New Kids on the Block were hardly the first boy band to not be taken seriously. But they caught more flak than most after they finally achieved mainstream success with 1988’s Hangin’ Tough album and amassed a huge following of young girls, since sexist music journalists tended to discredit acts with largely female fanbases. “[We tell our fans now], ‘They weren't wrong about us. They were wrong about you. They thought you were dumb and stupid, but we proved them wrong,’” McIntyre says proudly, three decades later.
“In our generation, growing up, not to colorize it, but you know, the guys writing and critiquing us were 30-year-old white guys who listened to rock ‘n’ roll. They didn’t know what a ‘boy band’ was. And so they would just come from that place. Now it’s much more open,” McIntyre adds. “We’ve progressed, thankfully. We’ve actually come a long way. I know every generation is going to say we’ve got a lot more to go, but when you think of just 30 years ago, how bad it was for women and people of color, it’s really breathtaking, you know? And we’ve got to keep chipping away. There’s just so many opportunities for people to call people on their BS. I think that’s one of the good things of social media. There’s plenty of crazy, crazy reasons to not use social media, but one of [the positive aspects] is you’re going to get called on your s*** .”
In a more open pop era, when music fans now love all sorts of artists regardless of their color, gender or genre; when NKOTB seem as popular as ever, with last year’s Mixtape Tour earning more than $50 million; and K-pop septet BTS now the biggest recording act on the planet, McIntyre thinks it’s time for a new American boy band. There’s such a lack of them, in fact, that he just might become the next Maurice Starr and start one himself.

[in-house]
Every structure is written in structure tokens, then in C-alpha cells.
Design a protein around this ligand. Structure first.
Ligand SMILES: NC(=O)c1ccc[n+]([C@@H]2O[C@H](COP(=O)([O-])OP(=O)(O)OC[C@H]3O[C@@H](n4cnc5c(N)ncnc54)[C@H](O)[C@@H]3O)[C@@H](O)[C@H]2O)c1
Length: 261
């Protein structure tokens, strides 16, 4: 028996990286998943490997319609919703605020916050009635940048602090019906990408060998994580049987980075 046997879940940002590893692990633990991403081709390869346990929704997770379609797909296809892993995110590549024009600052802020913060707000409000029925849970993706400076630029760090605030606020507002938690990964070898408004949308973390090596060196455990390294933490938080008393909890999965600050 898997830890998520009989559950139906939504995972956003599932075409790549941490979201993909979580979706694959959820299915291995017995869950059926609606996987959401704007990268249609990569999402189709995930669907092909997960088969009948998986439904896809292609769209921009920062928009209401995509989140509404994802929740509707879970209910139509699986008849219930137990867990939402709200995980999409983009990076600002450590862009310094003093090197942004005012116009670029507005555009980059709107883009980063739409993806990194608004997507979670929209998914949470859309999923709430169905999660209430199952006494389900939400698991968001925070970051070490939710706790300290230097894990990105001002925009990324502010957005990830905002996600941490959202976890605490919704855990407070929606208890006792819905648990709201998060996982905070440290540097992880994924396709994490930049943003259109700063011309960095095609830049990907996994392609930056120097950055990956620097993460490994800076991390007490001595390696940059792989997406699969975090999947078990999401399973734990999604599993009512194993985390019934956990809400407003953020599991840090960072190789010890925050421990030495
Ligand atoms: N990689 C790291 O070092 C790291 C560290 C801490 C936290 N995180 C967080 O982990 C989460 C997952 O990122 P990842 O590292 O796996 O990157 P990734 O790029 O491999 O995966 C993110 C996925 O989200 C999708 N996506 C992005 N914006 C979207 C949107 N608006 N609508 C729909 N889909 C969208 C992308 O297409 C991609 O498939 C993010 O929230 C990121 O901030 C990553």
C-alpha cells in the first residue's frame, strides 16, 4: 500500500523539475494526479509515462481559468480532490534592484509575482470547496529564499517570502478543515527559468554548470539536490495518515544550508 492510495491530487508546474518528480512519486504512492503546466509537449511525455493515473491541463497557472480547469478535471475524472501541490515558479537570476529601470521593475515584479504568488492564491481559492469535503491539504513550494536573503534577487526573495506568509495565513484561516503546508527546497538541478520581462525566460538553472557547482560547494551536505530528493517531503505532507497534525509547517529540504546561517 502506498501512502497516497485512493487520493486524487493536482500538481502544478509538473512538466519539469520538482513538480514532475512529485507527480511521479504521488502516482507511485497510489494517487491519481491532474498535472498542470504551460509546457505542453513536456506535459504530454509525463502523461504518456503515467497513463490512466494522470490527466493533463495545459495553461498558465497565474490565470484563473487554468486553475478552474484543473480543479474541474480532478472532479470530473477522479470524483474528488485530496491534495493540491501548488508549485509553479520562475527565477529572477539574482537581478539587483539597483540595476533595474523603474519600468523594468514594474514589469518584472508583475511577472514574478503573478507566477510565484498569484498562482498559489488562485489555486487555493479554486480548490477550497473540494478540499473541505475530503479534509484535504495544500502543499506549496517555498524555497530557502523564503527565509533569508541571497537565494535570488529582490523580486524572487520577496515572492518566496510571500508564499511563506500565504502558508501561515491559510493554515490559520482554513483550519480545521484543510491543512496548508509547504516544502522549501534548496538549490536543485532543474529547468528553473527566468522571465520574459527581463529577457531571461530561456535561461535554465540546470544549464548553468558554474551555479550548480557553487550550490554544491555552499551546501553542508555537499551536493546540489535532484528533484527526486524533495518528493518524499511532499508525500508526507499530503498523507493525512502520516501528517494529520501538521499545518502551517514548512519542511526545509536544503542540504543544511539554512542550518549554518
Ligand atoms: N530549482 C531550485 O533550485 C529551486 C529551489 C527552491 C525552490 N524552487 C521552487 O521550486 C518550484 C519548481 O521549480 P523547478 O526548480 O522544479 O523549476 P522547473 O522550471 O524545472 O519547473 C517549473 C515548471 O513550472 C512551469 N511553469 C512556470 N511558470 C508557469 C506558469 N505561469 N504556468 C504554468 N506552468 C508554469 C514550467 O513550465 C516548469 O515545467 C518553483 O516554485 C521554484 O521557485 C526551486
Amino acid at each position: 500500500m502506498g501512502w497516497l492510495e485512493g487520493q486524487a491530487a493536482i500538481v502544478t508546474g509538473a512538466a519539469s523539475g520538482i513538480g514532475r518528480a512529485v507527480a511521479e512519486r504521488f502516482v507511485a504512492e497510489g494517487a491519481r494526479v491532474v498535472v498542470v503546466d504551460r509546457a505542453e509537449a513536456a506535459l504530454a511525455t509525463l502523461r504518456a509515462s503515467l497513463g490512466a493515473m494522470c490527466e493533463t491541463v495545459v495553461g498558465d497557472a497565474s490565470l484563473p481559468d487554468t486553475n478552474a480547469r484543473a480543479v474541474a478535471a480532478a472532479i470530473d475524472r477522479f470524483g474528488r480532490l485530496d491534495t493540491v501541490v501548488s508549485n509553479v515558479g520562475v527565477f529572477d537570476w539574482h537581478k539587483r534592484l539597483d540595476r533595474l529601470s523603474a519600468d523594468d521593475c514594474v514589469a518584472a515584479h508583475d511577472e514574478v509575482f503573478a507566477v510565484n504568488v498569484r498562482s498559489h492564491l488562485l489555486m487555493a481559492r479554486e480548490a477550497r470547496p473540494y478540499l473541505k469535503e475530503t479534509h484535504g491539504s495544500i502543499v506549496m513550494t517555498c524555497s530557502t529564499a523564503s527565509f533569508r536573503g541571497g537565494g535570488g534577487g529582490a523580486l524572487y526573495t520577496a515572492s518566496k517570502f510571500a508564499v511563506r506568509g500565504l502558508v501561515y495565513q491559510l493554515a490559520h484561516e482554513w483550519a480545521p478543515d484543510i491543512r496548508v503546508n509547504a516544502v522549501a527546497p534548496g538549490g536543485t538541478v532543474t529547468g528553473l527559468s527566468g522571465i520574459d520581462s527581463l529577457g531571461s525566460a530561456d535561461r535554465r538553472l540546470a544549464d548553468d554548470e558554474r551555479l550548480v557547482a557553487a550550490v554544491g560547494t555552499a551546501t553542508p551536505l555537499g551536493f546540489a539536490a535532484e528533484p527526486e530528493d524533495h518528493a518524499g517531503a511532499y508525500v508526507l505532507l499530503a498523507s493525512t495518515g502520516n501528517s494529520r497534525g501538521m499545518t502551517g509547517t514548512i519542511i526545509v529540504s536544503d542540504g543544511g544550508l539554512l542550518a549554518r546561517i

“The new crop of [American] boy bands, they’re not dancing,” he says. “And it’s suddenly struck me that, first of all, they’re leaving a huge thing on the table. It’s like they have a suitcase filled with a million dollars and they’re not opening it. Because I realized, oh my God, we danced our hearts out. Not only did we sing and had fun and yeah, we were good-looking kids, but we were dancing our hearts out, which anybody can connect to. Young girls see that as an expression. I never put that together. I just thought, ‘Oh, we like to dance, and that’s dope, and it looks good.’ But it’s an expression. It’s saying, ‘I love you.’ It’s saying, ‘I'm so crazy about you, I have to do this dance.’ So, if you have rhythm, you're leaving so much on the table. It’s like a no-brainer.
“BTS is massive and I'm happy for them, but there’s such a void out there for a [U.S.-based] boy band right now. Like, I don’t understand why there aren’t more. I’m running around the industry going, ‘We need another boy band! Let’s gooooo!’ I mean, maybe someone’s going to [read] this interview and go, ‘He’s right. Make some calls!’ Some manager’s going to call a record company and be like, ‘Let's go!’ When you think of how big TikTok dances are and how big BTS is, I think you can make songs as good, if not better, you know? I’m just saying there’s an opportunity to have more people in that game. I’m just shocked. I’m really shocked.”
Asked about the secret behind NKOTB’s influence and staying power, McIntyre chuckles. “Well, we took a lot of time off in between,” he says. “People say, ‘How do you make it work?’ Well, take 14 years off in between and then go have a life and then come back. But we benefit from something most bands don’t get to have, and that’s experience in sticking together. It’s really hard to keep a band together, and people break up for a lot of different reasons — good, bad and indifferent. And because we have stayed together, we get to share that past and keep going.”
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The above interview is taken from Joey McIntyre’s appearance on the SiriusXM show “Volume West.” Full audio of that conversation is available on the SiriusXM app.